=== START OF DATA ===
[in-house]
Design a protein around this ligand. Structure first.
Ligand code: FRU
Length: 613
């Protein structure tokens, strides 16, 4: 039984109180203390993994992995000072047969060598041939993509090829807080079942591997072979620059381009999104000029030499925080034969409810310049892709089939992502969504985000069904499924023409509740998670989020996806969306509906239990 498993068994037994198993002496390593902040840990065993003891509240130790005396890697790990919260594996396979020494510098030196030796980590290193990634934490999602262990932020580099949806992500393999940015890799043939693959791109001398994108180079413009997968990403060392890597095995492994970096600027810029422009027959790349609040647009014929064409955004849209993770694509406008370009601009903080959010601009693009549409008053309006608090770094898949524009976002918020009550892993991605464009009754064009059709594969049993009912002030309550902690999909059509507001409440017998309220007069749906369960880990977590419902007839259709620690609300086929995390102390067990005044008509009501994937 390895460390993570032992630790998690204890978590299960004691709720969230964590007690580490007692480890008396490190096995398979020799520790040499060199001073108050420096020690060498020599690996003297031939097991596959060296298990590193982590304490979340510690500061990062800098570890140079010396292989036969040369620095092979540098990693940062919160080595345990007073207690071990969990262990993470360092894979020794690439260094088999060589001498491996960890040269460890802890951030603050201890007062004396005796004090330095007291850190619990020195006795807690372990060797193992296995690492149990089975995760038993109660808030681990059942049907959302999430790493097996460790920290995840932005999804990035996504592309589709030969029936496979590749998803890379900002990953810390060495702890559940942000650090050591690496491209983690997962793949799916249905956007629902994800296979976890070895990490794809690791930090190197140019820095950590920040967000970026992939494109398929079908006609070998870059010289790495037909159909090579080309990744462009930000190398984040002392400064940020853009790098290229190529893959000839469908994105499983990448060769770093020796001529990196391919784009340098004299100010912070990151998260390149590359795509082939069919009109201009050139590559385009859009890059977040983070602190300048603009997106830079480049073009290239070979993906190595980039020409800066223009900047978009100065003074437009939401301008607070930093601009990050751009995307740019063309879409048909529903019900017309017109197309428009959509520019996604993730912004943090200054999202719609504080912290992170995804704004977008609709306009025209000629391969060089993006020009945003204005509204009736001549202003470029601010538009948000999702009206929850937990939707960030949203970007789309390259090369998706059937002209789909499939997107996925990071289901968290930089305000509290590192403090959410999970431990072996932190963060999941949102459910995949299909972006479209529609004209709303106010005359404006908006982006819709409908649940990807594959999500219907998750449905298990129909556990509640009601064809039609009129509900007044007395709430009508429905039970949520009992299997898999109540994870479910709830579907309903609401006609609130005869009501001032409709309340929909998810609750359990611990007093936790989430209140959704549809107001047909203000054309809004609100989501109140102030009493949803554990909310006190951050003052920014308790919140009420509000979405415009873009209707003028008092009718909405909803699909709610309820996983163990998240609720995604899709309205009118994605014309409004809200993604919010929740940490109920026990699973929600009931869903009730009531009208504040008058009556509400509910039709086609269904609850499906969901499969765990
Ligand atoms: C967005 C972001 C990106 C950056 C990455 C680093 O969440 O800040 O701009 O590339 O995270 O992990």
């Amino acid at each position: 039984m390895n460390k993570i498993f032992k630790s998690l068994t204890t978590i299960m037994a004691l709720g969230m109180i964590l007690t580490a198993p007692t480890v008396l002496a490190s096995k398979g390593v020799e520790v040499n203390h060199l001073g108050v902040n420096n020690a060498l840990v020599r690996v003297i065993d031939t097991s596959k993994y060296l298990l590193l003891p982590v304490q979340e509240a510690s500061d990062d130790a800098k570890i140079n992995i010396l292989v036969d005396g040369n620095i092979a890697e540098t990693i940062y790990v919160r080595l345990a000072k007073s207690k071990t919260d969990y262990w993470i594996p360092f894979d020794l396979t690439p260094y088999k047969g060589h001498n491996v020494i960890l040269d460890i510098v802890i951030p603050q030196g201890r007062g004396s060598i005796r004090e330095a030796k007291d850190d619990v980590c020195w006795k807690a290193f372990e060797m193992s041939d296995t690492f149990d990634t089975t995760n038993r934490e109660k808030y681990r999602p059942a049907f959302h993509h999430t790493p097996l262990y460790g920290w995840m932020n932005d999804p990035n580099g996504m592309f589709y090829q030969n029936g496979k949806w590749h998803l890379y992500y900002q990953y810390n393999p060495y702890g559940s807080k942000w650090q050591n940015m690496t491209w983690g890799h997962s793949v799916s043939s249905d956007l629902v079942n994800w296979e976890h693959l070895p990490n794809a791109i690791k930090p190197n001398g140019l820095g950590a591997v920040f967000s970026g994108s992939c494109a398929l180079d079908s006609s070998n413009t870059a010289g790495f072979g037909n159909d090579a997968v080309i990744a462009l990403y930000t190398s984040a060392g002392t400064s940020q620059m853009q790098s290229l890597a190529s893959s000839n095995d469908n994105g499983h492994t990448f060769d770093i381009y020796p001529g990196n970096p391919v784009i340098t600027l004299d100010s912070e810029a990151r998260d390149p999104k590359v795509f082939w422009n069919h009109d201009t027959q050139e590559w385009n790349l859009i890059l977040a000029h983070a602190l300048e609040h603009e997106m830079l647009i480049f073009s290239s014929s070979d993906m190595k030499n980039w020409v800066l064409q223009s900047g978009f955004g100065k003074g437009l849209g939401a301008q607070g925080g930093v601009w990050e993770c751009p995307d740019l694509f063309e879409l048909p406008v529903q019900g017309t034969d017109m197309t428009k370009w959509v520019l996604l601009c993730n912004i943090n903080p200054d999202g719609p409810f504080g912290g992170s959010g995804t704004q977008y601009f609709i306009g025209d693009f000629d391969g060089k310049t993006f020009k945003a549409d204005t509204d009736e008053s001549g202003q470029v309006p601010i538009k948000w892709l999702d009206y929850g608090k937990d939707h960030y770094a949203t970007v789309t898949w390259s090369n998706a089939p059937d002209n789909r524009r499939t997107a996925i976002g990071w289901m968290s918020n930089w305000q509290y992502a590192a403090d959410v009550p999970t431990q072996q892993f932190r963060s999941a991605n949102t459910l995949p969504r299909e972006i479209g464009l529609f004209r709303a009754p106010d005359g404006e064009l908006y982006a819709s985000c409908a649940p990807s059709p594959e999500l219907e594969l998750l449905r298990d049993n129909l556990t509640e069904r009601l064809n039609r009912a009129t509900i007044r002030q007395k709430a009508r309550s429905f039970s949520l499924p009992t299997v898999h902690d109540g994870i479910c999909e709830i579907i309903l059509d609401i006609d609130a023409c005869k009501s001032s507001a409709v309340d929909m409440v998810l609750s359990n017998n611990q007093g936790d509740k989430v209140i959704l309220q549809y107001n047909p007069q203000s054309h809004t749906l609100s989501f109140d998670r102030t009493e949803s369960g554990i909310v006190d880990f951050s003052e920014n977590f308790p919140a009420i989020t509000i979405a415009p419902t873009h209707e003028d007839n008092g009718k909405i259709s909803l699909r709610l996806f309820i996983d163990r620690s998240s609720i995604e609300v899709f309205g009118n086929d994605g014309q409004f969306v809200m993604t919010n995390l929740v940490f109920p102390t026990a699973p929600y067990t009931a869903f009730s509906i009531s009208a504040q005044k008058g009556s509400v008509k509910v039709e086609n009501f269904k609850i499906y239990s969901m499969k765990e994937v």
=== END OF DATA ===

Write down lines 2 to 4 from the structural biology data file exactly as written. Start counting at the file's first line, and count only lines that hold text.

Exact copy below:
Design a protein around this ligand. Structure first.
Ligand code: FRU
Length: 613